Joel and I had groaned in unison upon hearing that.
“…And, oh, there is so much history that comes just from this mountain alone! I mean, all of Israel has a rich history, but this place tells some great stories too.”
“Uh-huh,” I mumbled, “isn’t it just a bunch of rocks?”
Mom started. “Of course not! Back in ancient times, there were bathhouses, living quarters, King Herod’s throne room-”
“Was there an ancient ice cream parlor too?”
Mom glared at me. She never was one for jokes, especially where Israel and Judaism were concerned. “You know what? You can just sit on this bus while everyone else goes to the top. They can appreciate the history and the scenery, and you can play on your phone.”
I rolled my eyes, looking down and fidgeting with the fringe on my shorts. “It was a joke.”
“Well, it wasn’t funny. You just can’t take your religion seriously, can you?”
Not really, I thought, thinking of all the times I had begged mom to let me stay home from Sunday school. What I said, however, was not as blunt. “I just don’t care about it as much as you; that’s all.”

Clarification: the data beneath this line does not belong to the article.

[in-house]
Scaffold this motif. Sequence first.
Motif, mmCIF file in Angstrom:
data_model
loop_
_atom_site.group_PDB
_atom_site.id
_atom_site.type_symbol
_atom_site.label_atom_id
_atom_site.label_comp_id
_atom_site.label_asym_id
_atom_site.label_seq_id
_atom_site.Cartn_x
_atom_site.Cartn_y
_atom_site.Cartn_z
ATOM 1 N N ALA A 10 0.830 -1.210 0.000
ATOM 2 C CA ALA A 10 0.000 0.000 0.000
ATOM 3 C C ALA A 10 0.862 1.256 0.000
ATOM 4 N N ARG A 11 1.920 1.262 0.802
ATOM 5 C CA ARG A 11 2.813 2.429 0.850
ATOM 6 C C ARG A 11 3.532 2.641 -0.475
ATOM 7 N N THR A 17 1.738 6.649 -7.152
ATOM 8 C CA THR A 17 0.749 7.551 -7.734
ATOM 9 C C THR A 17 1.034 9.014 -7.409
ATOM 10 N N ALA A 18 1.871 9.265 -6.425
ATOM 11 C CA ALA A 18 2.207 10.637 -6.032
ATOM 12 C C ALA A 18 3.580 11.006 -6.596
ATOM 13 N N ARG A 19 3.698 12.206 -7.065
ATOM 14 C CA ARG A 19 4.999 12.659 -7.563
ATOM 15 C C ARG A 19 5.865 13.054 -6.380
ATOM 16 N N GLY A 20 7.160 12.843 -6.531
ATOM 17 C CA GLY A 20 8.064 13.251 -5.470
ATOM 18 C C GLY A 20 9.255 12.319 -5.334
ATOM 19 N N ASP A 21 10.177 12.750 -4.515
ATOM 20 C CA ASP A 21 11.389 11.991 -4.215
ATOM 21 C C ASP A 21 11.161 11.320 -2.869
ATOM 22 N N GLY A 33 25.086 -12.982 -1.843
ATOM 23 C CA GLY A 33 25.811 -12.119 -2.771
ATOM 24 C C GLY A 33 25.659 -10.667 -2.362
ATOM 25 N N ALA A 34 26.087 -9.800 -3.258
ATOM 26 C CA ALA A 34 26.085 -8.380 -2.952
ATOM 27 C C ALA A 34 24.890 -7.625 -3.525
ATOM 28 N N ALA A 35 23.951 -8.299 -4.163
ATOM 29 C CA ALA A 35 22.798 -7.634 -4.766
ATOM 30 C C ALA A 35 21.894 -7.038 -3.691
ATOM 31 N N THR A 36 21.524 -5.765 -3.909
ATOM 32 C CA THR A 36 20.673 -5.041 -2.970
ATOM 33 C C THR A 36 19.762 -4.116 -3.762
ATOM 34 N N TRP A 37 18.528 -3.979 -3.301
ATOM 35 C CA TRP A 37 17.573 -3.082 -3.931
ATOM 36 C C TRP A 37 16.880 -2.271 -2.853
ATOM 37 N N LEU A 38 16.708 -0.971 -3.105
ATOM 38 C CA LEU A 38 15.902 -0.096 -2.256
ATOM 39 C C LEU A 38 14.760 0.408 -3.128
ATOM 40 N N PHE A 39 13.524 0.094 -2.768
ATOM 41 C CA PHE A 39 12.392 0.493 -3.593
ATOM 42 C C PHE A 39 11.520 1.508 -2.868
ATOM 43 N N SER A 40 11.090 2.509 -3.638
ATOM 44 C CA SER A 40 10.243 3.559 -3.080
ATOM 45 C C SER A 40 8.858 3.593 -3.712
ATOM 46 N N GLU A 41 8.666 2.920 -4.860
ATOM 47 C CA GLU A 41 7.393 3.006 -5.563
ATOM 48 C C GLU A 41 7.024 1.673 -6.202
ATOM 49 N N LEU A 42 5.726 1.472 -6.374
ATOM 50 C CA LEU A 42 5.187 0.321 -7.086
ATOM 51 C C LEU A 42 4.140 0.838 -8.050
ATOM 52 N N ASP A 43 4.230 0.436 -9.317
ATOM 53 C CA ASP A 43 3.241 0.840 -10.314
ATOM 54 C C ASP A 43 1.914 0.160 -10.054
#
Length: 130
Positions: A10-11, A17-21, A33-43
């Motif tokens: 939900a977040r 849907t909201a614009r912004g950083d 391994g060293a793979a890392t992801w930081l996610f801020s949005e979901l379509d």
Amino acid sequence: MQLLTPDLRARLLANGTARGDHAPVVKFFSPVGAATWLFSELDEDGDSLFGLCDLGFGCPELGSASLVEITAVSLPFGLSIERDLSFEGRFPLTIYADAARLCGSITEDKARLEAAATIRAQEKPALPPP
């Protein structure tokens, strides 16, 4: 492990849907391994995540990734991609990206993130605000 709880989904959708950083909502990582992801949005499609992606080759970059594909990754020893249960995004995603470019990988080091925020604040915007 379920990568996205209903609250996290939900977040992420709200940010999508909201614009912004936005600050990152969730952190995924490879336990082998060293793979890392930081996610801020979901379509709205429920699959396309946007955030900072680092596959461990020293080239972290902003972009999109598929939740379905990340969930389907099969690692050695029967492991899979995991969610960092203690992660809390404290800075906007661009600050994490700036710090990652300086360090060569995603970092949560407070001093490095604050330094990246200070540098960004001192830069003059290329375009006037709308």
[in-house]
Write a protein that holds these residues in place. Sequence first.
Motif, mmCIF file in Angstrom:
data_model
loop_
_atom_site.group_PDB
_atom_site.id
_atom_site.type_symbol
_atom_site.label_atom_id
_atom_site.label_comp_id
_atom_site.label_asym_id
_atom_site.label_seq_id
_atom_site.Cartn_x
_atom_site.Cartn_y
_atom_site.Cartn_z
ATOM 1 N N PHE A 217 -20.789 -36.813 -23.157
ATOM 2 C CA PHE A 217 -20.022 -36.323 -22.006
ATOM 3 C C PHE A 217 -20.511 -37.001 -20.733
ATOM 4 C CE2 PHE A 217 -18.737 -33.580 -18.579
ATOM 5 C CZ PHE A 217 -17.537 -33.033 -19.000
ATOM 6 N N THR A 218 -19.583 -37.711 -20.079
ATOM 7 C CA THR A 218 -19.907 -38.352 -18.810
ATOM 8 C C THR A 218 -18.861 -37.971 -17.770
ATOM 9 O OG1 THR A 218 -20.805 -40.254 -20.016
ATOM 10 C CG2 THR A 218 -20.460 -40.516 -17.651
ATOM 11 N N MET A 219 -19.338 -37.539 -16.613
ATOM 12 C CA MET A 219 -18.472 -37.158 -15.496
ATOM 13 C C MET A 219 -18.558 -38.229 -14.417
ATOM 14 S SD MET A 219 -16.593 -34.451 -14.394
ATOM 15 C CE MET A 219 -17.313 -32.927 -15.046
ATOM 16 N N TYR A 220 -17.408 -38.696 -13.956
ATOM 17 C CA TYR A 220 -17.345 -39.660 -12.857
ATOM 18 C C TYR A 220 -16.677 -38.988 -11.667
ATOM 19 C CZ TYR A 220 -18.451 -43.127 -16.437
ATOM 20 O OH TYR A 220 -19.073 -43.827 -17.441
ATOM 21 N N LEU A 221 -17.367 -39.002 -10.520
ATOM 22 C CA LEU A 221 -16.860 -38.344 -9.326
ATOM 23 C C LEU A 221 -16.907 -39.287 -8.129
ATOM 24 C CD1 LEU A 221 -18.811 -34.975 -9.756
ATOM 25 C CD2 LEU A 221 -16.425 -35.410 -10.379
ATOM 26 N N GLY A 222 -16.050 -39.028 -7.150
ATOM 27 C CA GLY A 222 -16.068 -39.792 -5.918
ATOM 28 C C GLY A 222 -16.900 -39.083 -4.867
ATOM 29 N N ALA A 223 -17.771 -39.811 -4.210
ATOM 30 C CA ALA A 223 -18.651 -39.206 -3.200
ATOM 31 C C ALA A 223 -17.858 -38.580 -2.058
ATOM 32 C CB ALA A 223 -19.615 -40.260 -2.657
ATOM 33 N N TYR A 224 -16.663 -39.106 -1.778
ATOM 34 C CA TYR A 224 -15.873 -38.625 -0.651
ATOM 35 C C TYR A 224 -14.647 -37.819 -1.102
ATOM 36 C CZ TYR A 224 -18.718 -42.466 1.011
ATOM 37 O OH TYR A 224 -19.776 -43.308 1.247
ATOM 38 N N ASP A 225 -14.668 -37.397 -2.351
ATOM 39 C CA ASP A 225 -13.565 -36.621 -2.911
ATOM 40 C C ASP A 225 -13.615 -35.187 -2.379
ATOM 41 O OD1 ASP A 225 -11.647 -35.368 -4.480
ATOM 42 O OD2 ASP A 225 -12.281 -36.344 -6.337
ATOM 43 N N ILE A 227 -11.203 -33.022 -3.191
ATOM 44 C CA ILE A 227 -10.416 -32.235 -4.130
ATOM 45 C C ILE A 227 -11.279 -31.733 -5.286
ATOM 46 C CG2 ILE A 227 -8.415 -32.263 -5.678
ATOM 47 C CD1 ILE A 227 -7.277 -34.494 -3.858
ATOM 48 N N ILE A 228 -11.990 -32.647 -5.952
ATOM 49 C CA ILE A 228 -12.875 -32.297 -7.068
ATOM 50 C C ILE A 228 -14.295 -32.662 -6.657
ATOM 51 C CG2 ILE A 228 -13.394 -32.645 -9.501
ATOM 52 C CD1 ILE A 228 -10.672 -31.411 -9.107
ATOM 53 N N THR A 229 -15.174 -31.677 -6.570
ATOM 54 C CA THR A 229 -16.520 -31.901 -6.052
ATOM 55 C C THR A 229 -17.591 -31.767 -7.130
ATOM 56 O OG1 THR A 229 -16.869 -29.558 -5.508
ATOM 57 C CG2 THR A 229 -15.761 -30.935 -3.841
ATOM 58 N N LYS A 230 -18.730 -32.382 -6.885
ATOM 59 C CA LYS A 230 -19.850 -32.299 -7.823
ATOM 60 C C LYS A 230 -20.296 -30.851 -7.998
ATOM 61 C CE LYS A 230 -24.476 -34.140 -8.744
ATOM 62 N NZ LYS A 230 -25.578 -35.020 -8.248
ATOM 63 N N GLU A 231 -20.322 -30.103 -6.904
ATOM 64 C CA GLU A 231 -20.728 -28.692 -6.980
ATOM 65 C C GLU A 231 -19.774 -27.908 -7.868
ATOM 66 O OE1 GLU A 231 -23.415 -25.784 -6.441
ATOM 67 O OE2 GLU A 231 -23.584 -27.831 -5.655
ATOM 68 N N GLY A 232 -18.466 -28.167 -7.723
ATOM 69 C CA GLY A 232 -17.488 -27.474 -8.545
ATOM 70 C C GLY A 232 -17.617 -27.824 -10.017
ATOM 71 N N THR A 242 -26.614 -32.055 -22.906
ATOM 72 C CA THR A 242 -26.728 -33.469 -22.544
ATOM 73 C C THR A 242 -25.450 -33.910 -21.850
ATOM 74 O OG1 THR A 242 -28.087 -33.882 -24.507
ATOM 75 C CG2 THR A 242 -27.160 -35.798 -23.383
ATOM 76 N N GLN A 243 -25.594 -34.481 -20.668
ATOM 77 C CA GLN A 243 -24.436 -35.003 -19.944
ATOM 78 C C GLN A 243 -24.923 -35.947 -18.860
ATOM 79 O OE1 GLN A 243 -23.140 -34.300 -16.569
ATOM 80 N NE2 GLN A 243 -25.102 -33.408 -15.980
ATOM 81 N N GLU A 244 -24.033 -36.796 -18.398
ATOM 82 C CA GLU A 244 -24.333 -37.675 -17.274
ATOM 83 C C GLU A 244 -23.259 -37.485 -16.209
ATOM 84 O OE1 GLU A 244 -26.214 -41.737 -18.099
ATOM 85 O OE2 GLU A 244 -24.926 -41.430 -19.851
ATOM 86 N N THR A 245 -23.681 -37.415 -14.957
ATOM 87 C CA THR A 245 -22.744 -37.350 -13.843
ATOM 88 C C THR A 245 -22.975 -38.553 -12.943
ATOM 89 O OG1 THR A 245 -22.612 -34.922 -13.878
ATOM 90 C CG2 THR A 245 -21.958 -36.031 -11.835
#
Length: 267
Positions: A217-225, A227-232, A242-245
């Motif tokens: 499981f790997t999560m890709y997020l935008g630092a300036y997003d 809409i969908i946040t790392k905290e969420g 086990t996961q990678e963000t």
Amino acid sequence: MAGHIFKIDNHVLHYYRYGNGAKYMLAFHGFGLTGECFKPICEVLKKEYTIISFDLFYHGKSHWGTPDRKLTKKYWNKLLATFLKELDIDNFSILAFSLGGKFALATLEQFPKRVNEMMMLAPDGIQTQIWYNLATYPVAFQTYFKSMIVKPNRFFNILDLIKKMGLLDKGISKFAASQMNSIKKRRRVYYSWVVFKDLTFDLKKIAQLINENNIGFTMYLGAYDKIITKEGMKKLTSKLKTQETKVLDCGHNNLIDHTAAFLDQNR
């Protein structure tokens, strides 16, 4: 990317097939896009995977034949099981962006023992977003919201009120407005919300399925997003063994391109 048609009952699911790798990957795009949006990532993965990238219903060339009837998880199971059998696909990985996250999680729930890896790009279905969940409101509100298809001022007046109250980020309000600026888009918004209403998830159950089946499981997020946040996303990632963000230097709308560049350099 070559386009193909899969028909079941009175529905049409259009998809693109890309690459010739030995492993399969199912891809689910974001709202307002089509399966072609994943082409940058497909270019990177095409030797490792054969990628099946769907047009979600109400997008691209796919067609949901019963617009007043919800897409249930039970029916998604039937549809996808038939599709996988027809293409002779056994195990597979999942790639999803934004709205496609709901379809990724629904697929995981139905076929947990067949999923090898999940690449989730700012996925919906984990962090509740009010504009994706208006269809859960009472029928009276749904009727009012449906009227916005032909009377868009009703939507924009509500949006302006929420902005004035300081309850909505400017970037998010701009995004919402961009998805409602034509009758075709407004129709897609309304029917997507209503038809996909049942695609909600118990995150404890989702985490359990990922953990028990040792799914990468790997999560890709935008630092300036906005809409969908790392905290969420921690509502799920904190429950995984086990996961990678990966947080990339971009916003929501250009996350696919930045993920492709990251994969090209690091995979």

I cringed, watching mom’s face turn red to match her manicured nails. Her eyes hardened, and I knew she was considering throwing me out the bus window.
“Sorry,” I muttered, quickly, to call off the rapidly approaching fury practically oozing from her stare. Mom grumbled in response, and I crossed my arms, determined not to speak to her for the remainder of the bus ride.
An hour later, Alan ushered us off the bus and onto the scorching pavement. My curls grew slick with sweat as I stood in the glaring sunlight.
As we walked towards the cable car, I glanced at mom: her gaze was softer, and the angry red lines etched in her forehead had begun to diminish. Sensing it was safe to speak to her now, I began, “So, you’ve climbed Masada before?”
Mom looked at me curiously-probably confused as to why I was suddenly speaking to her again-before answering. “Yes,” she responded carefully, “and it was absolutely beautiful.” She paused, and then, surprisingly, grinned. “Not as beautiful as the Golan Heights, of course, but still beautiful. The view was…hypnotic.”
I forced myself to hold back a snort. On the plane to Israel, mom had told me about this “revelation” she had when she went to Israel the first time. She’d always been passionate about her Jewish heritage, but had been skeptical about G-d and didn’t foster complete dedication to the Jewish homeland. Upon reaching the Golan Heights and seeing the vast, unprotected fields not immune to enemy fire even thousands of years after the Israelites had been led to the region, her mind had begun to stir, and suddenly she felt it: a strong tether to the area, a sense of devotion to the land of her ancestors.